Dr. Brian Burke described his ethnographic field work in Columbia as “active immersion—not just ‘being there,’ but laboring to know a place,” (publication pending).
I first came to know Martin County, Kentucky through news headlines: Kentucky’s ‘worst’ water system might be only weeks away from collapse (January 26, 2018); Why One County Has Avoided Drinking Its Water For 18 Years (February 8, 2018); The water runs milky and can feel like fire. In this impoverished county, Trump’s $1.5 trillion infrastructure plan may not help (February 12, 2018).
In the past couple of months, I’ve been getting to know Martin County from my front porch swing in Quail Hollow in Inez. Mickey McCoy’s grandmother grew up in this house, and Mickey remembers when the yard was filled with a large garden with beans, tomatoes, and all kinds of other vegetables that he would help harvest, preserve, and eat. Most days when I sit out on the porch, I chat with a neighbor who passes my house on the way to visit the elderly couple that lives next door. She told me that soon, we will have to drive up the road that leads to the Big Sandy Federal Prison to watch the elk that pass by there in the evening.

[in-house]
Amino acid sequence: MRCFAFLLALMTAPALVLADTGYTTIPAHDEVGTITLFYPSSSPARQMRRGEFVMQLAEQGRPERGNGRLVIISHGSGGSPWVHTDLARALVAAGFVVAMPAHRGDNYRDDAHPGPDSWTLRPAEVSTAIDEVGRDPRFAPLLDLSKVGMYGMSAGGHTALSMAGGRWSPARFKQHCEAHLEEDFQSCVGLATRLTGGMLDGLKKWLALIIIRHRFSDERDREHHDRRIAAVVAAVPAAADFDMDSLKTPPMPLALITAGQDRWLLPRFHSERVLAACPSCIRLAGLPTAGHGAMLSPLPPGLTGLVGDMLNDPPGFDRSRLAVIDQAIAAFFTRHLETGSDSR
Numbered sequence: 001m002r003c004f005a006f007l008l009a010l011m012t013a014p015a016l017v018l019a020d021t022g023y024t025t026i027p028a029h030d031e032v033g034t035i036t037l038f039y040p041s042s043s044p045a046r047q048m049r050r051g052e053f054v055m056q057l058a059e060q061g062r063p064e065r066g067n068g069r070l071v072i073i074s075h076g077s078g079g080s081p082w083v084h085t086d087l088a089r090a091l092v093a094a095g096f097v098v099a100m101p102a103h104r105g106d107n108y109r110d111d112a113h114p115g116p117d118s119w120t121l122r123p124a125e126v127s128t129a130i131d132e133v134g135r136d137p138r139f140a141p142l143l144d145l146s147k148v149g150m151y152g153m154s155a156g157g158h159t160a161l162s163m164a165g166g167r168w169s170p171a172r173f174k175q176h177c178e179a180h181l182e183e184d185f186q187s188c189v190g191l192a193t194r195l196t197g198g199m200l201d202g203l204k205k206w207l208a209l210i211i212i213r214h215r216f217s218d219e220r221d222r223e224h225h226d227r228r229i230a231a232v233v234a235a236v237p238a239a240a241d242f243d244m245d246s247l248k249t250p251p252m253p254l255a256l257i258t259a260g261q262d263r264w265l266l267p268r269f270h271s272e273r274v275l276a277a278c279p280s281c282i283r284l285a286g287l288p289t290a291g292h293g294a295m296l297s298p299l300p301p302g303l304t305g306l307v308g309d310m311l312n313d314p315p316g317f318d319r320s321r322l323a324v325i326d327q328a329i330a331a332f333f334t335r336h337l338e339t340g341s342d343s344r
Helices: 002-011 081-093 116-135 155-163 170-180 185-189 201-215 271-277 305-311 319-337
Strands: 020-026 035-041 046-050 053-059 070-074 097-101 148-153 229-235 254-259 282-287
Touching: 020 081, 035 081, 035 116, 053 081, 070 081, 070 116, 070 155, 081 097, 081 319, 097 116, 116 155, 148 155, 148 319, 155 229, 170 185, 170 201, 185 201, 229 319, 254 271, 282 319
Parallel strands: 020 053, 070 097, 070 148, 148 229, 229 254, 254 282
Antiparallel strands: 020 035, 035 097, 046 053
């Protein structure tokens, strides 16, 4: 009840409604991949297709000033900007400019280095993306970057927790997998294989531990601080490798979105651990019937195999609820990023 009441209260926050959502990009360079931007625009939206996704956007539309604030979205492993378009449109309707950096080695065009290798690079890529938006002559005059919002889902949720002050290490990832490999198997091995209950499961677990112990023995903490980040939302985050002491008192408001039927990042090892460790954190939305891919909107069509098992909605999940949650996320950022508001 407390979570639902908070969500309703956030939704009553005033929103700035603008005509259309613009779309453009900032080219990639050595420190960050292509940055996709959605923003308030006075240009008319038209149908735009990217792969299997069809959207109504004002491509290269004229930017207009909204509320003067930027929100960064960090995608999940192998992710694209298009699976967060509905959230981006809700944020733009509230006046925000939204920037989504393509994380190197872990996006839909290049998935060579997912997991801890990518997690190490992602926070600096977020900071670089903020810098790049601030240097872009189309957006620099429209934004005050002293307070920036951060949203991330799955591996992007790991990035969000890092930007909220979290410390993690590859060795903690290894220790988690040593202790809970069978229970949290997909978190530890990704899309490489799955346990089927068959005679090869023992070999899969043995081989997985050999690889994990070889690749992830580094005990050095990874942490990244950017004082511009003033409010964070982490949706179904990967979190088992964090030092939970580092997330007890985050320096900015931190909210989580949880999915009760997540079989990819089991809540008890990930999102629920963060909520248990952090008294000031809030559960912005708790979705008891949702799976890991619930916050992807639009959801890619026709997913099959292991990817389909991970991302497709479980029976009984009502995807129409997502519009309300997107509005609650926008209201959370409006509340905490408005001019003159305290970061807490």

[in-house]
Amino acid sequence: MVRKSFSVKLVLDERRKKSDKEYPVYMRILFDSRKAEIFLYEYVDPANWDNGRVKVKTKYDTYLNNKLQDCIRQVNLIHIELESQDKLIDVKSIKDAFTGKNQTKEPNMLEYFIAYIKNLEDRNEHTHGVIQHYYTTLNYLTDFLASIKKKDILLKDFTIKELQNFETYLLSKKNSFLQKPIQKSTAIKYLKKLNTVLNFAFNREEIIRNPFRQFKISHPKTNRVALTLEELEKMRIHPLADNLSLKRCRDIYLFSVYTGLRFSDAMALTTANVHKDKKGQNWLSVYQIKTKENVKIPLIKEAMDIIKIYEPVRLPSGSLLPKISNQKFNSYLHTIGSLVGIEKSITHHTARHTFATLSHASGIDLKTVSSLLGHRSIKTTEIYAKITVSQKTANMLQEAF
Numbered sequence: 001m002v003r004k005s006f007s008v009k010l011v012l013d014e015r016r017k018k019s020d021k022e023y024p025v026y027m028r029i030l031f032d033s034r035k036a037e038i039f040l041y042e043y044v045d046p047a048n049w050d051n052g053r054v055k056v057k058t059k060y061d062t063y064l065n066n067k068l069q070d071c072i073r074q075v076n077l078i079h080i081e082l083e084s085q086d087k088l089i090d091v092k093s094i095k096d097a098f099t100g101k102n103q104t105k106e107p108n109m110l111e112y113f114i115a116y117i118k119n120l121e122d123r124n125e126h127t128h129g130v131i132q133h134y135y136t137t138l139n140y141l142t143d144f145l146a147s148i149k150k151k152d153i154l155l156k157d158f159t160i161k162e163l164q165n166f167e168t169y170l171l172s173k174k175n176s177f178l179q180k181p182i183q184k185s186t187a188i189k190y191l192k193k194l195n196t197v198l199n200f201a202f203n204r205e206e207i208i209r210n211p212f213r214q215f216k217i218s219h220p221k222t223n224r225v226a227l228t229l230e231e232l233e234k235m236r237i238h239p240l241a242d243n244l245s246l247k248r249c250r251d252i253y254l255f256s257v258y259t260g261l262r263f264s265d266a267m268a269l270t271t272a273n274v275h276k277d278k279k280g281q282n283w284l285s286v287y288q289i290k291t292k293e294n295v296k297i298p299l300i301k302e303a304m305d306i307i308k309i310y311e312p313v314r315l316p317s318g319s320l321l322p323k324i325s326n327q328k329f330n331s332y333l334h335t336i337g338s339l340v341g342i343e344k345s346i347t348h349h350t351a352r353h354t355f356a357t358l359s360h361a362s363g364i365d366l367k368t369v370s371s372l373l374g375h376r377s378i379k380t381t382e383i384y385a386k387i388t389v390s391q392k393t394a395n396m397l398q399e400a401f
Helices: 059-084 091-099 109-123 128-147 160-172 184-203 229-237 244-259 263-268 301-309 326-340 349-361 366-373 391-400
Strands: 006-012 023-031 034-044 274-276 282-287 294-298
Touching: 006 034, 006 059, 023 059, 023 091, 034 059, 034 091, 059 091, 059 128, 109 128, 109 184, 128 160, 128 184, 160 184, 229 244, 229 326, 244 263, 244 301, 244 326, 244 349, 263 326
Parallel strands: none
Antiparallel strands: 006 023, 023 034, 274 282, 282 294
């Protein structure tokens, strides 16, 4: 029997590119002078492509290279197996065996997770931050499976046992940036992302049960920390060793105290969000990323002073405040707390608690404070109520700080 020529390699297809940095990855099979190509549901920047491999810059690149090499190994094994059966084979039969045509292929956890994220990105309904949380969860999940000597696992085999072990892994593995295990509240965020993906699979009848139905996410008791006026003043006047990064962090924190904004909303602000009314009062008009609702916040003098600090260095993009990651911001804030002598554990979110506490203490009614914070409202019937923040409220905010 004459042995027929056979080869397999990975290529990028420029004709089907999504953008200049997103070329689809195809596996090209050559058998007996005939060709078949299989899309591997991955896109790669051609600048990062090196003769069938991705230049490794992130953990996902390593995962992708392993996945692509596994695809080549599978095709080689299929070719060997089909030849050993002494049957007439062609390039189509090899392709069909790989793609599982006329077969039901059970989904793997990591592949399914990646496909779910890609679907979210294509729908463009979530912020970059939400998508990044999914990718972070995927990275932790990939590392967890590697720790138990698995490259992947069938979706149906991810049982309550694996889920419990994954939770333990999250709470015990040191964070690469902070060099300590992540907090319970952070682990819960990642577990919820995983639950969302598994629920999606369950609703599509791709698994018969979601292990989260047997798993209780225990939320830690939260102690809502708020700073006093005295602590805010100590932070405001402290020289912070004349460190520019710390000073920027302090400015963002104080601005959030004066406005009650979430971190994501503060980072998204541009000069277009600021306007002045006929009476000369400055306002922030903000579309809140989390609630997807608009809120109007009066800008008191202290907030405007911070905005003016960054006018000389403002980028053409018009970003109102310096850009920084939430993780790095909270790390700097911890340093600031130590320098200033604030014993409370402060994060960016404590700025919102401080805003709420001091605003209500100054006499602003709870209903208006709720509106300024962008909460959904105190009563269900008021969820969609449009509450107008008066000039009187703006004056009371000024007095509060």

I am getting to know Inez at dawn when the mist catches on the mountains and at dusk when the sky colors with the setting sun.
I am becoming familiar with the Inez Walking Trail that follows the creek through town. One evening, a county employee shows me to the part of the path where endangered turtles return year after year to lay their eggs. Another evening, my dog Fiddle, and I briefly share in the excitement of a young family who spot a big turtle in the creek while feeding bread to the ducks. I tell them about the time last week when Fiddle tried to chase a group of ducklings on the water.
I am learning about Martin County during monthly water board meetings, while reading thousands of pages of legal documents about the Public Service Commission’s investigation into the Martin County Water District, and when combing through the archives at the Mountain Citizen newspaper office on Main Street.
I am getting to know Martin County when I buy bottled water at the Walmart in Johnson County, when I buy gas in Floyd County, and when neighbors in Martin County offer me tomatoes, corn, and hot peppers from their backyard gardens.
Mostly, I am learning about Martin County through stories: stories of sickness; stories of corruption; stories about water leaks; and stories about high school football games, the annual Harvest Festival and family reunions.
This place, like every place, is full of contradiction, complexity, joy and grief, and the experiences of everyday life. Martin County is shaped by decades of extraction with very little investment in water infrastructure; it is also shaped by the people who live, work, and play here. Slowly, I am laboring to know Martin County and listen to its many dreams and visions for the future.